Karl Gordon Henize

As a young boy, Karl Gordon Henize idolized Sir Edmund Hillary, one of the first two men to summit Mount Everest. As an adult, however, he aimed higher, eventually becoming a successful astronaut.  By 1986, he was a senior scientist for NASA, spearheading research on improving space missions. In 1993, he decided to join a British expedition to Everest with the intent of testing the effects of radiation on human skin tissue at varying heights; such research was critical for the planning of longer space trips. At 22,000 feet, Henize started succumbing to altitude sickness. He attempted to return to base camp, but ended up dying of high-altitude pulmonary edema. His body was left on the mountain, a formal request he had made before setting out.  

Marco Siffredi

French snowboarder Marco Siffredi was something of a daredevil. In 2001, he summited Mount Everest in hopes of snowboarding down the Hornbein Couloir passage, but due to a lack of snow, he had to settle for the less steep Norton Couloir. Determined to accomplish his goal, Siffredi returned a year later, and at the young age of 23, successfully reached Everest’s peak for the second time. As he organized himself, dark clouds gathered overhead. His Sherpa guides warned him of the weather, but Siffredi was not deterred. On his snowboard, he disappeared down the Hornbein Couloir. When the Sherpas returned to base camp, Siffredi was nowhere to be seen. His body was never found. Theories of his death range from weather to an avalanche, but his sister is convinced he is living anonymously with yak herders in Tibet, exploring new mountain ranges.

Maurice Wilson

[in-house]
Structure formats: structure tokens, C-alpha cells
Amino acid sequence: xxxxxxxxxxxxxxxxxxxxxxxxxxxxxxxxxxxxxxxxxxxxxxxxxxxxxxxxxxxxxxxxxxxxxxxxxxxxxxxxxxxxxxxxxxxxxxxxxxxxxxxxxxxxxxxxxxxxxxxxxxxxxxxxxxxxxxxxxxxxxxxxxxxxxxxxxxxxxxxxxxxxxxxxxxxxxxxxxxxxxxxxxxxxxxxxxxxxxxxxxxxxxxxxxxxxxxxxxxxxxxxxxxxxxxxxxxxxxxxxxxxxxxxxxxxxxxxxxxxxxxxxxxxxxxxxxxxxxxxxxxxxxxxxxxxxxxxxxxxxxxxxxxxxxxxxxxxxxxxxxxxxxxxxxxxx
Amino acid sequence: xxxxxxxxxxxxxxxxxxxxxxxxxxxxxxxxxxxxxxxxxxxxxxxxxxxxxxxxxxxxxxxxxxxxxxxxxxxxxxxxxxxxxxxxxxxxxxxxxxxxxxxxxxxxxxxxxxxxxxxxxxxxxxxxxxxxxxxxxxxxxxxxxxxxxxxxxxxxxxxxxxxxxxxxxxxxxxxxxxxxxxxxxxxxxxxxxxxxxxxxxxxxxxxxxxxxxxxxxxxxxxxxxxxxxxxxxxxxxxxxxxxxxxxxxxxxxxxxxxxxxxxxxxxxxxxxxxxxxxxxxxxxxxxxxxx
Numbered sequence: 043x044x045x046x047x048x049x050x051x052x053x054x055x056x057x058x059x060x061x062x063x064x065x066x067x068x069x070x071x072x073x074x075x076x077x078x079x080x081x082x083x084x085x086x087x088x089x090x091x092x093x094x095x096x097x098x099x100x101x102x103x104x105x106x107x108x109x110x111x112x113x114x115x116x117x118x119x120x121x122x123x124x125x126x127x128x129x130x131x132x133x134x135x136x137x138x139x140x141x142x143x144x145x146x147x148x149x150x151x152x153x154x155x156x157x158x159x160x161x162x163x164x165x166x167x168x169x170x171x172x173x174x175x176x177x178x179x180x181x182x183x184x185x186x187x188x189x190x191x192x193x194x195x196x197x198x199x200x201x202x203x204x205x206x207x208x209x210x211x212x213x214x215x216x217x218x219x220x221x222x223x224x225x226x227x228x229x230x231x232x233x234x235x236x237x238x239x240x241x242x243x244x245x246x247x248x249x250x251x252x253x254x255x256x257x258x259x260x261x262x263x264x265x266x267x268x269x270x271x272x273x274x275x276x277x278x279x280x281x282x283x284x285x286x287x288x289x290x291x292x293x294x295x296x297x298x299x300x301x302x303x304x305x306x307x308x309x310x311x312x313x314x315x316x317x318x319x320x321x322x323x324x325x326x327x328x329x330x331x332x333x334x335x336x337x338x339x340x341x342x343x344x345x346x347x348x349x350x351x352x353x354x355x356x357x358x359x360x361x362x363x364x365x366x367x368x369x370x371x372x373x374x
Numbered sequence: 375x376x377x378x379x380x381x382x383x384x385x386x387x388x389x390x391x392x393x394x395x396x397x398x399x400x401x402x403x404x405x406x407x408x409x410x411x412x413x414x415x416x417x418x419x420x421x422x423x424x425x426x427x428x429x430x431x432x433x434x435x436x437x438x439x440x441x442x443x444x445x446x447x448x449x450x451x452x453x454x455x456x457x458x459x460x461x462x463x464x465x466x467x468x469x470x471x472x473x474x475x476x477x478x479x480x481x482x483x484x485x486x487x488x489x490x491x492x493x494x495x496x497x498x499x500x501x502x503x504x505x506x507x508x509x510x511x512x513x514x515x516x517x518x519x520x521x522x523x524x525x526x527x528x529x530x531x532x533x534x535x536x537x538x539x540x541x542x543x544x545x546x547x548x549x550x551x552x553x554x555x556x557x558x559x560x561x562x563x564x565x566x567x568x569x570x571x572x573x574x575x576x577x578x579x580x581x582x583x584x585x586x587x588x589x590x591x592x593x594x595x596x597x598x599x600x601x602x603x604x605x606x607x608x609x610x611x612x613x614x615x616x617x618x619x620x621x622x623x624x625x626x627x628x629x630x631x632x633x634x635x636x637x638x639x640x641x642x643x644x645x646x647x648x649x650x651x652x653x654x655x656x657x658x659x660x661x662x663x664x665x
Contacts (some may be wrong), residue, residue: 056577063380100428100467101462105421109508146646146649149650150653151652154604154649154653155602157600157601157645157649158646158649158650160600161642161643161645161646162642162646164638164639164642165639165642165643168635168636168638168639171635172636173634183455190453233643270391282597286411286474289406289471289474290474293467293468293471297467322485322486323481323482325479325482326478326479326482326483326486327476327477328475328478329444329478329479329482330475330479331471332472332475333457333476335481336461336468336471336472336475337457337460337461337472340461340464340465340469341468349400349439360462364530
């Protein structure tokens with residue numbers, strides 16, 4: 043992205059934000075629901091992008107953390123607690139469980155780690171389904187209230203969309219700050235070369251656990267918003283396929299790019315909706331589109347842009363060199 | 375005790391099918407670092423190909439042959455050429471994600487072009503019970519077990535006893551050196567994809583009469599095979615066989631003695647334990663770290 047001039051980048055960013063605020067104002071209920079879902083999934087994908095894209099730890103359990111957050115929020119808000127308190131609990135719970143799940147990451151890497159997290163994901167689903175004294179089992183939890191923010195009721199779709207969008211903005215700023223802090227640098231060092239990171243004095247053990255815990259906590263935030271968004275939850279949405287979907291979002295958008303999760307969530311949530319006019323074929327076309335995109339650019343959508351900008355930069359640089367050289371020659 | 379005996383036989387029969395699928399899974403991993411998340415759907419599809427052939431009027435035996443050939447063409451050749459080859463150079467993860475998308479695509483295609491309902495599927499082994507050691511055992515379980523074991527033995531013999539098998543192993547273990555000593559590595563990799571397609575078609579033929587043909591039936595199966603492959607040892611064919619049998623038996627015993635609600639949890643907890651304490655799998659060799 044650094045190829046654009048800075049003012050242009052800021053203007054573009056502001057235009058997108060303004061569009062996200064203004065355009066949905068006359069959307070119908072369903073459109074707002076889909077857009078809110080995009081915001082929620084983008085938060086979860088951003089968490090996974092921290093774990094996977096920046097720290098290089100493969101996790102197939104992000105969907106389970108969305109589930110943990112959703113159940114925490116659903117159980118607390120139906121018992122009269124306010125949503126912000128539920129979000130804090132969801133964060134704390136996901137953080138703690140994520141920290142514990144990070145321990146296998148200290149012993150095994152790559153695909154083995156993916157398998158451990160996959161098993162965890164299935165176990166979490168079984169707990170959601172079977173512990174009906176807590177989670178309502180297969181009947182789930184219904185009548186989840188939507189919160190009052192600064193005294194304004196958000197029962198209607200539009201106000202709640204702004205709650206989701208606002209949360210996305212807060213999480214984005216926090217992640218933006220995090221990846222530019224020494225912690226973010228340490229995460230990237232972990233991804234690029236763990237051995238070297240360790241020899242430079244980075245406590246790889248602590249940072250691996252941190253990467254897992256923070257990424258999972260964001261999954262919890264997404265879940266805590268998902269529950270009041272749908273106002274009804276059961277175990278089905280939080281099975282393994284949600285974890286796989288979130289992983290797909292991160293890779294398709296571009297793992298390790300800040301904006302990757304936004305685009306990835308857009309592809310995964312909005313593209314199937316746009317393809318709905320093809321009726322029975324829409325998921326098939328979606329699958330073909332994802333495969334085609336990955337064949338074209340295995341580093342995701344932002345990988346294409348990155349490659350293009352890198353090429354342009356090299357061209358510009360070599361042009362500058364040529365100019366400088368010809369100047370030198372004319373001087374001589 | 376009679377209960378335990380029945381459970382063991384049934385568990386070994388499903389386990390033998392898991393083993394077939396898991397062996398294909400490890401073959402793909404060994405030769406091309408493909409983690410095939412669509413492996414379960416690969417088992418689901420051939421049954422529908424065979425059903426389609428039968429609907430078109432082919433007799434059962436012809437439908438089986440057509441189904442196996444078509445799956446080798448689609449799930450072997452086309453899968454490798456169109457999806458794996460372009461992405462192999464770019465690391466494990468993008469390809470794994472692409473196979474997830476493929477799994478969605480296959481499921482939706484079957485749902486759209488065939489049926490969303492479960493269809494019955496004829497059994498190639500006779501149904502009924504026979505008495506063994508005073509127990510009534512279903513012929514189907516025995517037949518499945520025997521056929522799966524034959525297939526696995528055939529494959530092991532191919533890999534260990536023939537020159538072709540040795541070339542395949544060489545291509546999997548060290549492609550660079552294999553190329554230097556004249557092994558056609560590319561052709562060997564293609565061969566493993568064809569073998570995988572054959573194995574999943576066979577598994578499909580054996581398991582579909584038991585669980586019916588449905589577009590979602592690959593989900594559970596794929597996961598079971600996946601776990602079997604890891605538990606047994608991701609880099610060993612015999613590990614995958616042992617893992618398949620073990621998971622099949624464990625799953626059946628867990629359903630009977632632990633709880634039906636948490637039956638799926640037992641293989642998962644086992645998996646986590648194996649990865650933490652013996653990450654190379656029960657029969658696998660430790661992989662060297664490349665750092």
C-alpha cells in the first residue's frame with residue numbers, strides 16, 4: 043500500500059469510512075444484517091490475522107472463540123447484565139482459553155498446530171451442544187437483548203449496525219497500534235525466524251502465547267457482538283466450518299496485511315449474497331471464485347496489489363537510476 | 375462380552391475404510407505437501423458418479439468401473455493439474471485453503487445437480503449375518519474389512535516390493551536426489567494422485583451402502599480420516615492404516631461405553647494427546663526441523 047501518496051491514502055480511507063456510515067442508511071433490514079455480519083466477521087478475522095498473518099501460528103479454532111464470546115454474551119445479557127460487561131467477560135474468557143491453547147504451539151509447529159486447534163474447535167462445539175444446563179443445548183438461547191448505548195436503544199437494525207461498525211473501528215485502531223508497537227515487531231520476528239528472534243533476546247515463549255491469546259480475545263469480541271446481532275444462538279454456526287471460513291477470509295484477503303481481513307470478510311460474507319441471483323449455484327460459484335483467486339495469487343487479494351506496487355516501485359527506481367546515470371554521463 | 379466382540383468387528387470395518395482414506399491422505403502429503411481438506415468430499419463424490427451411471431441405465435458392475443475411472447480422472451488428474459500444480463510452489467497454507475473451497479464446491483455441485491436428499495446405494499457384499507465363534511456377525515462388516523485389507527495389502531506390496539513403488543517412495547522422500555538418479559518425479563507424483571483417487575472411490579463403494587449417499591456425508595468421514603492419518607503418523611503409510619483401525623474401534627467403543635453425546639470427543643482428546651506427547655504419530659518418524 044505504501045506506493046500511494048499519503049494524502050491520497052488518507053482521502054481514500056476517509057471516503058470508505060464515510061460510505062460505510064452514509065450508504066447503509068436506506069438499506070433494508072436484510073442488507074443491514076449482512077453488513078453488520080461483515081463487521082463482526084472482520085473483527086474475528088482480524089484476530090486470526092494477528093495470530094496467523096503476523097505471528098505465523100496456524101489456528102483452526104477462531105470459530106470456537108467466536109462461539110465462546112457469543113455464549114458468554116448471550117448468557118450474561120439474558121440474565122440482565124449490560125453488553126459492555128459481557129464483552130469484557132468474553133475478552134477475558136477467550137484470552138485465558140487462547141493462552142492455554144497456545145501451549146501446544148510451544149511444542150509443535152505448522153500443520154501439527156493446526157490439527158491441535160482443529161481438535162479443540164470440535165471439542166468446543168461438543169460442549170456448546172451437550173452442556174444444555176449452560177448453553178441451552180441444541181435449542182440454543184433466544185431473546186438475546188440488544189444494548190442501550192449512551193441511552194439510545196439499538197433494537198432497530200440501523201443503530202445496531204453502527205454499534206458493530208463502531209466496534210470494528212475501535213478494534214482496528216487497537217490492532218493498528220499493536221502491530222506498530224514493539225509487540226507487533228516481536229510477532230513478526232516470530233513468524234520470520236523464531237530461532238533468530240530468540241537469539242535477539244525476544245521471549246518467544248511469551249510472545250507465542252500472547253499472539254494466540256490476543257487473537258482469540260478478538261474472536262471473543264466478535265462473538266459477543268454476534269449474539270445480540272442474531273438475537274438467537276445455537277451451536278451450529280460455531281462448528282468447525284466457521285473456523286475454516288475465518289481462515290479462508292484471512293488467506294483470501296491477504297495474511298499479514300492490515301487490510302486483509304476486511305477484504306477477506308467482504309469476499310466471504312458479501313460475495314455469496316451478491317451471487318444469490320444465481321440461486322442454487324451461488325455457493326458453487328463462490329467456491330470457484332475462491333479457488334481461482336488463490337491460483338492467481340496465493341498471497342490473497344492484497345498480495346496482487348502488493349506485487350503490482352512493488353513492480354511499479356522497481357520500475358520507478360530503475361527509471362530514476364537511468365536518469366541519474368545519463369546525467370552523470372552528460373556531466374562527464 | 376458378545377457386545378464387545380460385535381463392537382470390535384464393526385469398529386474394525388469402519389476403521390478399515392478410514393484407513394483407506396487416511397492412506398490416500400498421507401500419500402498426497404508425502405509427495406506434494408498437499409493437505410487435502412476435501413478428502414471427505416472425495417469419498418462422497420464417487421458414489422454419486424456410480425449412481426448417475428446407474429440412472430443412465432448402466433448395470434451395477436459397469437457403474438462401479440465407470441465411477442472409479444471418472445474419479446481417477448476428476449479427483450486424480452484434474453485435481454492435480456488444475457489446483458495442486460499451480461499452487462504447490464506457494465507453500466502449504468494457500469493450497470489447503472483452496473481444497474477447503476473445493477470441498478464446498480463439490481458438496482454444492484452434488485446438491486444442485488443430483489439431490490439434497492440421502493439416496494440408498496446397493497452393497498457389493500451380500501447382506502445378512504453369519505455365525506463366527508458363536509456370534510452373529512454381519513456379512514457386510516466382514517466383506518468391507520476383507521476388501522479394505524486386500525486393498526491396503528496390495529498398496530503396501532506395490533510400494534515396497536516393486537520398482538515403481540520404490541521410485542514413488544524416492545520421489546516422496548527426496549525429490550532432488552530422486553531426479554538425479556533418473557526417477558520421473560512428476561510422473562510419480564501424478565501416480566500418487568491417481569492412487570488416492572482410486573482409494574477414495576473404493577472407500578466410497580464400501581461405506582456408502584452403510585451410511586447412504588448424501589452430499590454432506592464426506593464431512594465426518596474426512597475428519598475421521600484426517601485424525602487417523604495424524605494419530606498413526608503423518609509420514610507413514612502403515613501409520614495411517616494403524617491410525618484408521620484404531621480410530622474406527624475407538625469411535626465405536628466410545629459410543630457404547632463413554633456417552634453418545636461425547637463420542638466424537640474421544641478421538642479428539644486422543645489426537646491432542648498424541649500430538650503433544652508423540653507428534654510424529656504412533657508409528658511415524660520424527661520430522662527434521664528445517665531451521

Maurice Wilson with his aeroplane, Ever Wrest, before his flight to India

Inspired by the story of George Mallory, former British soldier Maurice Wilson decided to summit Mount Everest in 1934. He believed that his undying faith and constant prayer would allow him to accomplish this feat. His original goal was to fly to the upper slopes and hike right up to the summit, but he was forced to abandon this plan when authorities refused to let him fly that close to the mountain. Instead, he approached Everest from the Rongbuk Glacier. Wilson was an inexperienced climber, however, and had to retreat several times back to the Rongbuk Monastery. The Sherpas begged him to stop, but Wilson decided on one final attempt from which he never returned. His body was found a year later covered in snow. What we know of Wilson’s misadventures with Everest come from his diary.  

Michael Matthews

At the age of 23, Michael Matthews—younger brother of Pippa Middleton’s husband—decided to conquer Mount Everest. In May 1999, he did just that, becoming the youngest British citizen to do so. Shortly after his success, however, a violent snowstorm lashed out, separating Matthews from his guides. The young man disappeared and his body never recovered. It is believed he fell to his death. David Matthews was convinced his son’s demise was the result of negligent guides and brought them to court for manslaughter. He claimed they deserted his son and had supplied him with sub-standard oxygen equipment, but the charges were dropped due to a lack of evidence. Today, the Matthews family honor Michael through a charity supporting education projects in Africa and Asia.